Campus trees: a growing population to protect

Plantation d'arbres sur le campus © Niels Ackermann 2022 EPFL

Plantation d'arbres sur le campus © Niels Ackermann 2022 EPFL

There are over a thousand trees on the EPFL campus, and they are constantly increasing every year. The aim is to double this tree population. How do we go about achieving this? And what are the challenges?

1,362 trees of around 70 species currently reside on the EPFL site. During the winter of 2022-2023, the Outdoor Spaces team of the Sustainability Unit planted 200 trees of 30 different species, 30 fruit trees of old varieties and 450 shrubs of 20 different species on the Ecublens campus.

The planting of a further 200 trees and new shrubs is scheduled for winter 2023-2024, with the aim of planting 1,000 trees in five years, thus doubling the number of trees on campus.

The tree species have been selected for their adaptability to the warmer climate expected in the Lausanne region in the coming years, as recommended by a study commissioned by the City of Lausanne (see article "Arborisation urbaine lausannoise et changements climatiques" in the French version).

Monitoring and felling

Since 2022, the entire tree stock has been monitored annually for health and safety. This inventory lists 65 trees that need to be felled quickly for health reasons (ash trees affected by chalarosis: an acute fungal disease) or to prevent potential damage to people or property.

Three felling campaigns have been organized for 2023 (April, August and December). Trees felled are subject to a formal felling request to the municipal authorities, who impose compensation.


A network of tensiometer probes provides information on the availability of water in the soil, combined with weather data: if necessary, the team in charge of outdoor spaces receives a watering notice associated with the recommended volume of water. These targeted waterings, providing large quantities of water but spaced out over time, are designed to encourage deep root development, enabling trees to become self-sufficient more quickly.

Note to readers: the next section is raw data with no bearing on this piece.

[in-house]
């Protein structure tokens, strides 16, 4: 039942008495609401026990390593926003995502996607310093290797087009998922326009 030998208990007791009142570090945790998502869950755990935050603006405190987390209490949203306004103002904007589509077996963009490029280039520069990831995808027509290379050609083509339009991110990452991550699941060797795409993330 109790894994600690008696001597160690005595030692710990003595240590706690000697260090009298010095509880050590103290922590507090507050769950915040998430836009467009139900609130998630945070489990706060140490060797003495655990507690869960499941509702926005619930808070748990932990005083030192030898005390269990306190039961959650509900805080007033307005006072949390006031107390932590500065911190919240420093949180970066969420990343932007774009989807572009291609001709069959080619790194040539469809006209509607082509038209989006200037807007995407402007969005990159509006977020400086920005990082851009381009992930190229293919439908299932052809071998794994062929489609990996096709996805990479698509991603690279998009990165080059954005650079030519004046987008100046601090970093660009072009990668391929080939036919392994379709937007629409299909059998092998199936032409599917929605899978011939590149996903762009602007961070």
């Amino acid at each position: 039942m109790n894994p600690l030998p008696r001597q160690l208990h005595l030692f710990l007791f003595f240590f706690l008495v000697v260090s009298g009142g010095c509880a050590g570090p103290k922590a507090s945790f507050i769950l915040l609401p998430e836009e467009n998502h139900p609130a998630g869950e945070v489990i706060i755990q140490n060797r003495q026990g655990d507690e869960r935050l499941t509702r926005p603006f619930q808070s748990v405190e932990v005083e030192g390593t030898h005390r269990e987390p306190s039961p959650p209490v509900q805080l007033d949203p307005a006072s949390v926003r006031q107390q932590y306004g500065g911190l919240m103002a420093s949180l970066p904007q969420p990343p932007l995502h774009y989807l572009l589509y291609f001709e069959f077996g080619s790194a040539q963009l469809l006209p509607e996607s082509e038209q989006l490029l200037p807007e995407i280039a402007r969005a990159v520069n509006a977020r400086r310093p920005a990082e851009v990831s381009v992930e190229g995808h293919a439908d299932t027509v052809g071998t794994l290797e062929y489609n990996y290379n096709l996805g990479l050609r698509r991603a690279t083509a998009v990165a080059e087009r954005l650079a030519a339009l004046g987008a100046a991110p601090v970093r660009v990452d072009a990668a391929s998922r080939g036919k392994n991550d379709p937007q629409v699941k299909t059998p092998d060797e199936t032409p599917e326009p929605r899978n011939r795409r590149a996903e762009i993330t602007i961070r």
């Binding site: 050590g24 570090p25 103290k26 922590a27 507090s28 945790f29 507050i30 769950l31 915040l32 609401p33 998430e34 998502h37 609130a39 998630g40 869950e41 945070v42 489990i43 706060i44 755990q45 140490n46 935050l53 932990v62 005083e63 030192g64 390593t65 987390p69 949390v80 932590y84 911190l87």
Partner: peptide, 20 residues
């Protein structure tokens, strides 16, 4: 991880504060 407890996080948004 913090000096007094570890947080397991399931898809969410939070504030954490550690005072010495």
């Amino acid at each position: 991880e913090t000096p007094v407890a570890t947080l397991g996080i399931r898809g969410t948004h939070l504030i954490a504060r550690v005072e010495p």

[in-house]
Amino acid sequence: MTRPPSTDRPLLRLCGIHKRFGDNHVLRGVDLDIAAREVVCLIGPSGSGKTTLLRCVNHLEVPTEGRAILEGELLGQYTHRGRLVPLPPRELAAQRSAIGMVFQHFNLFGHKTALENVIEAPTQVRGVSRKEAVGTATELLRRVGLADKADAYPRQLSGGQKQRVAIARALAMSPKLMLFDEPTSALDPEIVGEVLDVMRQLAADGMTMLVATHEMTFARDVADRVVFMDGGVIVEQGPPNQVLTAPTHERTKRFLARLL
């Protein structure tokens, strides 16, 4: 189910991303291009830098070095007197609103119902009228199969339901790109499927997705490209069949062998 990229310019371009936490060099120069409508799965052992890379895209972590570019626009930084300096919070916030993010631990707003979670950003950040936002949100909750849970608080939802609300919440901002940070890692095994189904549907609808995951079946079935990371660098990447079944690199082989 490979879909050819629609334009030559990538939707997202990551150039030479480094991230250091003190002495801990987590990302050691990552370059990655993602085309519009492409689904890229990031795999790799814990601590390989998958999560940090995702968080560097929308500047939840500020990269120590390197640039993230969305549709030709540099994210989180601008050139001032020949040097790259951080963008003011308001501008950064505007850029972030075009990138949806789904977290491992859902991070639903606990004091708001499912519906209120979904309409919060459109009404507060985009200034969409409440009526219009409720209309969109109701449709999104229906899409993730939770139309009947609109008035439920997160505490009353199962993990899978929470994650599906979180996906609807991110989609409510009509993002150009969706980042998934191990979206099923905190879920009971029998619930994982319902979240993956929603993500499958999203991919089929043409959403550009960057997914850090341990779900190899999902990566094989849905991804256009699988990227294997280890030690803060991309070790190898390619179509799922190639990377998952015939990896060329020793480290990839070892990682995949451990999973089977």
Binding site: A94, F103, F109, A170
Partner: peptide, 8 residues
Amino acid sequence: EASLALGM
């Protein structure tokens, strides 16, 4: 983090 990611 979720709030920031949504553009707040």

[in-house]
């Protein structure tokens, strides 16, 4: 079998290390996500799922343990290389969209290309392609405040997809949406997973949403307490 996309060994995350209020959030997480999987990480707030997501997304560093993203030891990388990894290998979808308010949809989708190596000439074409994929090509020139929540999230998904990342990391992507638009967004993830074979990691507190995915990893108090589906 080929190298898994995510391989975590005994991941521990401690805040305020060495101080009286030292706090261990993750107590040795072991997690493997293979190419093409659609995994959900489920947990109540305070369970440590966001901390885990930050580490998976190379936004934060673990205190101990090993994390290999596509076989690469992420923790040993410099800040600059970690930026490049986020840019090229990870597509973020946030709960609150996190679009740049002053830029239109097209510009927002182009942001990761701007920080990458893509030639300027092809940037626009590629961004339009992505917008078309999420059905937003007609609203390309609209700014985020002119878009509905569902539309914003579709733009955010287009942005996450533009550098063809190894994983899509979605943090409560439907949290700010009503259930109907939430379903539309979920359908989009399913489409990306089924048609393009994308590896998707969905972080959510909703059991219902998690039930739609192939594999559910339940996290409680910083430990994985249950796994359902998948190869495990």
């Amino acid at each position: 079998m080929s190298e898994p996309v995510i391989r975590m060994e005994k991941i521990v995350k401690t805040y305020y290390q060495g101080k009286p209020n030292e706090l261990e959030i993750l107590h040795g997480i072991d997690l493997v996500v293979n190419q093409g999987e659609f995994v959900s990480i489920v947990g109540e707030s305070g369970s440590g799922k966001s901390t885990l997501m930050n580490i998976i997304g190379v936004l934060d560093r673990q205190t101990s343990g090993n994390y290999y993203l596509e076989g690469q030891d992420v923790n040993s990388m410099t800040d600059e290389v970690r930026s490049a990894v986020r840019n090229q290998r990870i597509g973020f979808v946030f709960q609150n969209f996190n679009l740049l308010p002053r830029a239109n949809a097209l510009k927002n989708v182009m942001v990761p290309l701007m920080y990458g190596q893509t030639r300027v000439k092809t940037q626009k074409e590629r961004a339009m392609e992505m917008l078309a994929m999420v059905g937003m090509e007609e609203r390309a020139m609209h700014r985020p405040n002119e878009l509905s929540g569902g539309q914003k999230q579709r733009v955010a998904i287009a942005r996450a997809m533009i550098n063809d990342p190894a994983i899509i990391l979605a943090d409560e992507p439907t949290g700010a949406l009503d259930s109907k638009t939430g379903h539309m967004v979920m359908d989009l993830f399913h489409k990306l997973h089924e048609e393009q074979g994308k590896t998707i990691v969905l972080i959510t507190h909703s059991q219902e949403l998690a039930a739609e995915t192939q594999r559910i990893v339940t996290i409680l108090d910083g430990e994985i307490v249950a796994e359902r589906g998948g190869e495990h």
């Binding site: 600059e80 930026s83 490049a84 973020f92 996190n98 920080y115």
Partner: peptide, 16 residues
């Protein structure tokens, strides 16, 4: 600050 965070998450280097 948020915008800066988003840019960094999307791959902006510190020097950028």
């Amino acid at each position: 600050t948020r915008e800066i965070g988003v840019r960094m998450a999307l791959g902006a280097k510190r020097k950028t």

This alert is also used to control the watering of trees in tubs, which, like all new plantations, are fitted with porous watering bags that dispense 80 liters of water in three days. Maintenance is carried out by a team of student assistants specially recruited for the task.

Trees in air-pots

The trees planted in tubs are tactical urban planning elements that will be installed in 2022 as part of the prefiguration of the Campus Piéton project and the parklets designed to eliminate private car parking on avenue Piccard. These planters are "air-pots" comprising mineral substrate around the tree root ball, inside a highly air-permeable perforated container.

This technique is used in nurseries to stimulate the root system and enable trees to be replanted all year round, with a high proportion of successful re-vegetation, even outside the uprooting period (November to March). In nurseries, trees can be maintained in this way for up to five years. It is planned to plant a series of these trees in autumn 2023.

Root damage

The Ecublens campus is experiencing a sharp rise in the number of ground voles (over 200 per hectare), which take refuge underground, attacking young roots for food and exposing roots through their galleries. As a result, even with regular watering, some trees, even older ones, dry out.

The same is true of young trees planted five years ago, notably near the childcare building and around the Agora. To limit the proliferation of this undesirable population, it is planned to install perches and raptor shelters.

Adapting the campus to climate change

Further studies are underway to adapt the campus to the challenges of global warming: increasing the canopy index, soil sealing, rainwater management and retention, etc. These development orientations are summarized in the "Resilient Campus" chapter of EPFL's Climate and Sustainability Strategy 2030.

The summer of 2023 showed the extent to which trees suffer from drought and extreme heat, a phenomenon particularly noticeable in the Lausanne region, with leaves having already turned brown since August. Campus plants are no exception, demonstrating the urgent need for action to protect them.

Authors: Unité Durabilité , Sustainability Unit

Source: Sustainability